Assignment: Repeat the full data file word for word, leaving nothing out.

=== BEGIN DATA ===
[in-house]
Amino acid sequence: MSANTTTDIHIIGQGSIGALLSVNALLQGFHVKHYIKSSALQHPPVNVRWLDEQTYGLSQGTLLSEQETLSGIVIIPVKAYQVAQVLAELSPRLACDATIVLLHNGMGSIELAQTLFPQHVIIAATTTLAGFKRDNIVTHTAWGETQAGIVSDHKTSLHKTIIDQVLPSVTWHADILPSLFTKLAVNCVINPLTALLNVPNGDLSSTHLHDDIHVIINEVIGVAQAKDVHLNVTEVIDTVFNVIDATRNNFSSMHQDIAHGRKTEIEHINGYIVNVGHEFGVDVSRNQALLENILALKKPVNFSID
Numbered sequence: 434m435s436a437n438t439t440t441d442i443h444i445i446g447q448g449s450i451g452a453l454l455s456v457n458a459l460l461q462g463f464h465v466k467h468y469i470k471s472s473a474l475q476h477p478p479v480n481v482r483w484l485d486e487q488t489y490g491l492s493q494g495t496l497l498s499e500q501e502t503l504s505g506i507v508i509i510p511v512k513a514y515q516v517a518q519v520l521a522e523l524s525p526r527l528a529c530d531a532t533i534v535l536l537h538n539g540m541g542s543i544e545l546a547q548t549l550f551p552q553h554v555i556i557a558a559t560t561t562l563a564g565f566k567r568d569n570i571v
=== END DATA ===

[in-house]
Amino acid sequence: MSANTTTDIHIIGQGSIGALLSVNALLQGFHVKHYIKSSALQHPPVNVRWLDEQTYGLSQGTLLSEQETLSGIVIIPVKAYQVAQVLAELSPRLACDATIVLLHNGMGSIELAQTLFPQHVIIAATTTLAGFKRDNIVTHTAWGETQAGIVSDHKTSLHKTIIDQVLPSVTWHADILPSLFTKLAVNCVINPLTALLNVPNGDLSSTHLHDDIHVIINEVIGVAQAKDVHLNVTEVIDTVFNVIDATRNNFSSMHQDIAHGRKTEIEHINGYIVNVGHEFGVDVSRNQALLENILALKKPVNFSID
Numbered sequence: 434m435s436a437n438t439t440t441d442i443h444i445i446g447q448g449s450i451g452a453l454l455s456v457n458a459l460l461q462g463f464h465v466k467h468y469i470k471s472s473a474l475q476h477p478p479v480n481v482r483w484l485d486e487q488t489y490g491l492s493q494g495t496l497l498s499e500q501e502t503l504s505g506i507v508i509i510p511v512k513a514y515q516v517a518q519v520l521a522e523l524s525p526r527l528a529c530d531a532t533i534v535l536l537h538n539g540m541g542s543i544e545l546a547q548t549l550f551p552q553h554v555i556i557a558a559t560t561t562l563a564g565f566k567r568d569n570i571v